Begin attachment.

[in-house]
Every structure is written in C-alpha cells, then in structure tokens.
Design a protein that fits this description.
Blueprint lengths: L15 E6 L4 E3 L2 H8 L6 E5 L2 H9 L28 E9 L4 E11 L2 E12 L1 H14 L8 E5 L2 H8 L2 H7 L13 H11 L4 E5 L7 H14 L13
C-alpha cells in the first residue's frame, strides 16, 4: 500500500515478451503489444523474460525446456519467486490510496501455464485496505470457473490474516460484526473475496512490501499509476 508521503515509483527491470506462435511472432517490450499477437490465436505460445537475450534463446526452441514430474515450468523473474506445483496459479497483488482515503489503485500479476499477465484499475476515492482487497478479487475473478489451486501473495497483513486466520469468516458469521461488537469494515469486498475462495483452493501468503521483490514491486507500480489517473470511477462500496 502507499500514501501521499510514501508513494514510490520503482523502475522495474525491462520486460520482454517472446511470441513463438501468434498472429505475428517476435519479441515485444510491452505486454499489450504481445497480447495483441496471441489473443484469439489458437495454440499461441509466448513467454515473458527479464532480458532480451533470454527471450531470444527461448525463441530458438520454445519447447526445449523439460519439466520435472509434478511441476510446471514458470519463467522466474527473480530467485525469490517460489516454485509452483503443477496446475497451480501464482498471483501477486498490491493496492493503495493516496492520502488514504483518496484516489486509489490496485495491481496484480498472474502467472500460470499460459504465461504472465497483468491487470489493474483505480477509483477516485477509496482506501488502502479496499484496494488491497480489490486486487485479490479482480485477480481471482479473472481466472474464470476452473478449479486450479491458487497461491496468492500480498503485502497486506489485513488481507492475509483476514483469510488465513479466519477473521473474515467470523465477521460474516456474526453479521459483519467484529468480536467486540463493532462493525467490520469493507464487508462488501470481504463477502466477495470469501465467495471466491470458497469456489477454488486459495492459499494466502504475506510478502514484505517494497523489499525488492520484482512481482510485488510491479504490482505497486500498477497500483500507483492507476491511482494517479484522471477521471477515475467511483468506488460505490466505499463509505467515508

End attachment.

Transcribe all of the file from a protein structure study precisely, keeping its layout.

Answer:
[in-house]
Every structure is written in C-alpha cells, then in structure tokens.
Design a protein that fits this description.
Blueprint lengths: L15 E6 L4 E3 L2 H8 L6 E5 L2 H9 L28 E9 L4 E11 L2 E12 L1 H14 L8 E5 L2 H8 L2 H7 L13 H11 L4 E5 L7 H14 L13
C-alpha cells in the first residue's frame, strides 16, 4: 500500500515478451503489444523474460525446456519467486490510496501455464485496505470457473490474516460484526473475496512490501499509476 508521503515509483527491470506462435511472432517490450499477437490465436505460445537475450534463446526452441514430474515450468523473474506445483496459479497483488482515503489503485500479476499477465484499475476515492482487497478479487475473478489451486501473495497483513486466520469468516458469521461488537469494515469486498475462495483452493501468503521483490514491486507500480489517473470511477462500496 502507499500514501501521499510514501508513494514510490520503482523502475522495474525491462520486460520482454517472446511470441513463438501468434498472429505475428517476435519479441515485444510491452505486454499489450504481445497480447495483441496471441489473443484469439489458437495454440499461441509466448513467454515473458527479464532480458532480451533470454527471450531470444527461448525463441530458438520454445519447447526445449523439460519439466520435472509434478511441476510446471514458470519463467522466474527473480530467485525469490517460489516454485509452483503443477496446475497451480501464482498471483501477486498490491493496492493503495493516496492520502488514504483518496484516489486509489490496485495491481496484480498472474502467472500460470499460459504465461504472465497483468491487470489493474483505480477509483477516485477509496482506501488502502479496499484496494488491497480489490486486487485479490479482480485477480481471482479473472481466472474464470476452473478449479486450479491458487497461491496468492500480498503485502497486506489485513488481507492475509483476514483469510488465513479466519477473521473474515467470523465477521460474516456474526453479521459483519467484529468480536467486540463493532462493525467490520469493507464487508462488501470481504463477502466477495470469501465467495471466491470458497469456489477454488486459495492459499494466502504475506510478502514484505517494497523489499525488492520484482512481482510485488510491479504490482505497486500498477497500483500507483492507476491511482494517479484522471477521471477515475467511483468506488460505490466505499463509505467515508